Research Program Assistant
Sandeepa Sur, M.Sc.

Contact
410-502-3747 or ssur3@jhmi.edu

Location The Johns Hopkins HospitalDivision of Geriatric Psychiatry and Neuropsychiatry550 N. Broadway, Suite 305

Baltimore, MD

Measurement of the Clinical Progression and Severity of Frontotemporal Dementia

Principal Investigator:  Chiadi Onyike, M.D., M.H.S.

Advancements in our understanding of the neurobiology of the FTDs have spurred interest in the development of measures that can track the progression of subtypes of FTD over the entire span of the disease.

  This study examines how cognitive, behavioral, and functional deterioration unfolds in FTD, with an eye towards the identification of clinical staging markers and the development of an instrument that can be used in practice and research to track disease progression.

  All individuals who have FTD and receive their care from the clinic are eligible for the study.

Contact
410-955-6158 or conyike1@jhmi.edu

Location The Johns Hopkins HospitalDivision of Geriatric Psychiatry and Neuropsychiatry550 N. Broadway, Suite 305

Baltimore, MD

Source: https://www.hopkinsmedicine.org/psychiatry/specialty_areas/geriatric_neuro/frontotemporal_dementia/research/research_ftd.html

Frontotemporal Dementia | Johns Hopkins Psychiatry Guide

Frontotemporal Dementia | Johns Hopkins Medicine

— The first section of this topic is shown below —

  • Frontotemporal dementia (FTD) is a clinically and histopathologically heterogeneous neurodegenerative disorder that presents as a focal disorder of conduct, temperament, judgment, and/or speech and language.
  • Three canonical syndromes are recognized:
    • Behavior variant FTD (bvFTD): the commonest; characterized by a focal decline in conduct, temperament, and judgment
    • Primary progressive aphasia (PPA) variants: primary non-fluent aphasia features halting, telegraphic speech with agrammatism and phonological errors
    • Semantic dementia: manifests progressive anomia, with focal loss of word and object knowledge, and fluent and vacuous speech with semantic errors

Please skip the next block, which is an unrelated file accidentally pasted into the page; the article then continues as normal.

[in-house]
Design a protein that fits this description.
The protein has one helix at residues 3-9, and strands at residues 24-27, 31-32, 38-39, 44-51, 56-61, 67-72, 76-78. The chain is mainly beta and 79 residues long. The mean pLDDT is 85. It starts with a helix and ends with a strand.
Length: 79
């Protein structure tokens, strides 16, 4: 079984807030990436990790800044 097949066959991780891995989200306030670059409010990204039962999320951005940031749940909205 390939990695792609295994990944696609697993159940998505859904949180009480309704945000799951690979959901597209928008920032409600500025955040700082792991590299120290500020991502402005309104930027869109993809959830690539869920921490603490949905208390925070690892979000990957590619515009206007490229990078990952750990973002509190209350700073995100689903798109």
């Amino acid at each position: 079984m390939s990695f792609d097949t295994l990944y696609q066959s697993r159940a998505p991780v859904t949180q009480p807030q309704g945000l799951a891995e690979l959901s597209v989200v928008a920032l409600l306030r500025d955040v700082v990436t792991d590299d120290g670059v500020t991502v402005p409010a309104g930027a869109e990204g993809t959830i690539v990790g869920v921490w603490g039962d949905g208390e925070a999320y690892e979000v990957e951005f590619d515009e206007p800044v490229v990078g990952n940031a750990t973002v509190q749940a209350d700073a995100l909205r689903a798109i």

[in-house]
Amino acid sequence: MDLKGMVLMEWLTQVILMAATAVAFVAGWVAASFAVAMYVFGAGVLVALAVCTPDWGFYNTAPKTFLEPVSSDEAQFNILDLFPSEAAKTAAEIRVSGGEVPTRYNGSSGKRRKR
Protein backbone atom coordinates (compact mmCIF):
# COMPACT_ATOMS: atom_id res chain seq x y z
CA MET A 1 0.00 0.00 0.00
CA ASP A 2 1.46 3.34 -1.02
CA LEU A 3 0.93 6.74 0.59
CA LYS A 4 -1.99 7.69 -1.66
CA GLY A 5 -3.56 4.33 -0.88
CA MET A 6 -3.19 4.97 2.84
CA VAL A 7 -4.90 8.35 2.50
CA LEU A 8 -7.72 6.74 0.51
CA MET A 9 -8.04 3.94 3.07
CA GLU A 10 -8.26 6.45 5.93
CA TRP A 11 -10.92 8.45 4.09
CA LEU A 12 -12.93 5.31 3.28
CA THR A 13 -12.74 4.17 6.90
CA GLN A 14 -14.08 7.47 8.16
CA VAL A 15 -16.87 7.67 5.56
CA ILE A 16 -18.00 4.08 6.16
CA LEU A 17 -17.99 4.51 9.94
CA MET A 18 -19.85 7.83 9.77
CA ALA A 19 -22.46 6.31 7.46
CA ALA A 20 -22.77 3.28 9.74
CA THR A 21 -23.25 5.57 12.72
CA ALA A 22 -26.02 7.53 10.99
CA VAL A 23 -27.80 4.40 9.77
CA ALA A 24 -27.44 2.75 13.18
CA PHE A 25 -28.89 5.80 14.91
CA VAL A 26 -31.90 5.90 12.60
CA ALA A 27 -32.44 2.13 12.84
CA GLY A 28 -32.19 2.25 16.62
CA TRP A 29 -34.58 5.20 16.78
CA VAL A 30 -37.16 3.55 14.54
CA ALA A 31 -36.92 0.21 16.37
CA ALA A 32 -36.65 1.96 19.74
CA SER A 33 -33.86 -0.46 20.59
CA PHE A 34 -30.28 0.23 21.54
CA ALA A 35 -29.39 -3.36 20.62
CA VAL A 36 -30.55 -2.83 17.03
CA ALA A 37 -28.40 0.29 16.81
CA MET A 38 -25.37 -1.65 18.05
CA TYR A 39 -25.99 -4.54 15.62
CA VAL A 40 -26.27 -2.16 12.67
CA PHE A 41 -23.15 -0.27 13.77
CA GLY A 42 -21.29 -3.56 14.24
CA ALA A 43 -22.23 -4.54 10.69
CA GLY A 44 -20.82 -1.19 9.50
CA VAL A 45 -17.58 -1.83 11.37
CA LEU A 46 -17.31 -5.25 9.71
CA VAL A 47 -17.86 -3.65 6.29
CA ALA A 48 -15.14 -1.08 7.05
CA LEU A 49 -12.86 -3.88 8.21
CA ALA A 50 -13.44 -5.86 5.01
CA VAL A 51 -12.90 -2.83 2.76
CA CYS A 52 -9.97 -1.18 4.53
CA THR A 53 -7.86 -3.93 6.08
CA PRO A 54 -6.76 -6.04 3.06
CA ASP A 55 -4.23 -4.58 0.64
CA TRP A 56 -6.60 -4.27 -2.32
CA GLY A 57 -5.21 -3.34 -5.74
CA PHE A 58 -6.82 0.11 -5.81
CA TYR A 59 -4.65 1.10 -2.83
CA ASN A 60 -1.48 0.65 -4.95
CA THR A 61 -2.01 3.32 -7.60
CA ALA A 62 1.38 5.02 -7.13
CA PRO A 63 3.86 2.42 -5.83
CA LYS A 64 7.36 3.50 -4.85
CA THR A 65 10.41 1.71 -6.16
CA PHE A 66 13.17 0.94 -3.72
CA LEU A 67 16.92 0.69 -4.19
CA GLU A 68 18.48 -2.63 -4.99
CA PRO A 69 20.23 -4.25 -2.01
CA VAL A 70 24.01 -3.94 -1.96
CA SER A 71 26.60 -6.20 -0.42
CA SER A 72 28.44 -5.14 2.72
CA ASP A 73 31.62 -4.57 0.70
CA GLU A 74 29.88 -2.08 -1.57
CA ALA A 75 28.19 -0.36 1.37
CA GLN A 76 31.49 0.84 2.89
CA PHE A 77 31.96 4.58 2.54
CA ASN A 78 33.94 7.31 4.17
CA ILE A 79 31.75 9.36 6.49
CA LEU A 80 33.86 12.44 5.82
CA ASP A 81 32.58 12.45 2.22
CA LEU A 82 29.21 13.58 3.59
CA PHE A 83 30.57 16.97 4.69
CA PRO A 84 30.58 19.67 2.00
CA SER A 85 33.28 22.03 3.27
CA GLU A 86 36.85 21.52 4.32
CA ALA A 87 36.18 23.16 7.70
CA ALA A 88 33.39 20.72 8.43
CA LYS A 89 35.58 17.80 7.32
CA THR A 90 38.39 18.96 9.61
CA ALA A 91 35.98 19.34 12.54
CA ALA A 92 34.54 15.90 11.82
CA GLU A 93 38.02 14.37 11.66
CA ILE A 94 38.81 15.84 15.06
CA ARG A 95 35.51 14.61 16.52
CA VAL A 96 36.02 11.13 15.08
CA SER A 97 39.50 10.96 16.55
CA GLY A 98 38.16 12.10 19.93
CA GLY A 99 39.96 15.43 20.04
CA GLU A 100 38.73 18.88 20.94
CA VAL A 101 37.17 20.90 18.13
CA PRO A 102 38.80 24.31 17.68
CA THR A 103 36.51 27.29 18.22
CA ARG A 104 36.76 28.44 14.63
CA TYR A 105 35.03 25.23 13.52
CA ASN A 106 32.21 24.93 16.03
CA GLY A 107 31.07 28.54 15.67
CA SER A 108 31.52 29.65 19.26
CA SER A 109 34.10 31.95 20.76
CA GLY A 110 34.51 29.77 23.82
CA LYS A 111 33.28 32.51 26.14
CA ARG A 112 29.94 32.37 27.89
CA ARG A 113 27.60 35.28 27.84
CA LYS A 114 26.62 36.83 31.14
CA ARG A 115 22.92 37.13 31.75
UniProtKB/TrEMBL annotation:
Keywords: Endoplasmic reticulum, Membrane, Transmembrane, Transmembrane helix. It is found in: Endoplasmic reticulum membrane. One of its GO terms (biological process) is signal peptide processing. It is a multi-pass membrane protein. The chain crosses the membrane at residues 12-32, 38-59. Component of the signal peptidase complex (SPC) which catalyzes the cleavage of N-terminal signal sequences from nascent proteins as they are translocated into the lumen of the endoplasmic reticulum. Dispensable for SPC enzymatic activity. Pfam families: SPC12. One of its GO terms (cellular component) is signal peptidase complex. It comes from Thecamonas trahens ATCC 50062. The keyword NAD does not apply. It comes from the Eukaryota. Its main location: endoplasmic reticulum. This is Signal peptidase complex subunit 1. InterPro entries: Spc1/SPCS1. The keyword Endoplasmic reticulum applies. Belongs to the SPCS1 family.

• In time, the illness includes a wider range of cognitive deficits.
  • Frontotemporal lobar degeneration refers to the histopathological state that underlies the clinical syndromes.
  • Cognitive impairment due to frontotemporal dementia is classified under the neurocognitive disorders (NCDs) section of the Diagnostic and Statistical Manual of Mental Disorders, 5th Edition (DSM-5).[1]

— To view the remaining sections of this topic, please sign in or purchase a subscription —

  • Frontotemporal dementia (FTD) is a clinically and histopathologically heterogeneous neurodegenerative disorder that presents as a focal disorder of conduct, temperament, judgment, and/or speech and language.
  • Three canonical syndromes are recognized:
    • Behavior variant FTD (bvFTD): the commonest; characterized by a focal decline in conduct, temperament, and judgment
    • Primary progressive aphasia (PPA) variants: primary non-fluent aphasia features halting, telegraphic speech with agrammatism and phonological errors
    • Semantic dementia: manifests progressive anomia, with focal loss of word and object knowledge, and fluent and vacuous speech with semantic errors
  • In time, the illness includes a wider range of cognitive deficits.
  • Frontotemporal lobar degeneration refers to the histopathological state that underlies the clinical syndromes.
  • Cognitive impairment due to frontotemporal dementia is classified under the neurocognitive disorders (NCDs) section of the Diagnostic and Statistical Manual of Mental Disorders, 5th Edition (DSM-5).[1]

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McClam, Tamela, and Chiadi Onyike‎. “Frontotemporal Dementia.” Johns Hopkins Psychiatry Guide, 2017. Johns Hopkins Guide, www.hopkinsguides.com/hopkins/view/Johns_Hopkins_Psychiatry_Guide/787108/all/Frontotemporal_Dementia. McClam T, Onyike‎ C. Frontotemporal Dementia. Johns Hopkins Psychiatry Guide. 2017. https://www.hopkinsguides.com/hopkins/view/Johns_Hopkins_Psychiatry_Guide/787108/all/Frontotemporal_Dementia. Accessed May 18, 2020.McClam, T., & Onyike‎, C. (2017). Frontotemporal Dementia. In Johns Hopkins Psychiatry Guide Retrieved May 18, 2020, from https://www.hopkinsguides.com/hopkins/view/Johns_Hopkins_Psychiatry_Guide/787108/all/Frontotemporal_DementiaMcClam T, Onyike‎ C. Frontotemporal Dementia [Internet]. In: Johns Hopkins Psychiatry Guide. ; 2017. [cited 2020 May 18]. Available from: https://www.hopkinsguides.com/hopkins/view/Johns_Hopkins_Psychiatry_Guide/787108/all/Frontotemporal_Dementia.* Article titles in AMA citation format should be in sentence-caseMLAAMAAPAVANCOUVERTY – ELECT1 – Frontotemporal DementiaID – 787108A1 – McClam,Tamela,M.D.AU – Onyike‎,Chiadi,M.D.Y1 – 2017/03/01/BT – Johns Hopkins Psychiatry GuideUR – https://www.hopkinsguides.com/hopkins/view/Johns_Hopkins_Psychiatry_Guide/787108/all/Frontotemporal_DementiaDB – Johns Hopkins GuideDP – Unbound MedicineER –

Source: https://www.hopkinsguides.com/hopkins/view/Johns_Hopkins_Psychiatry_Guide/787108/all/Frontotemporal_Dementia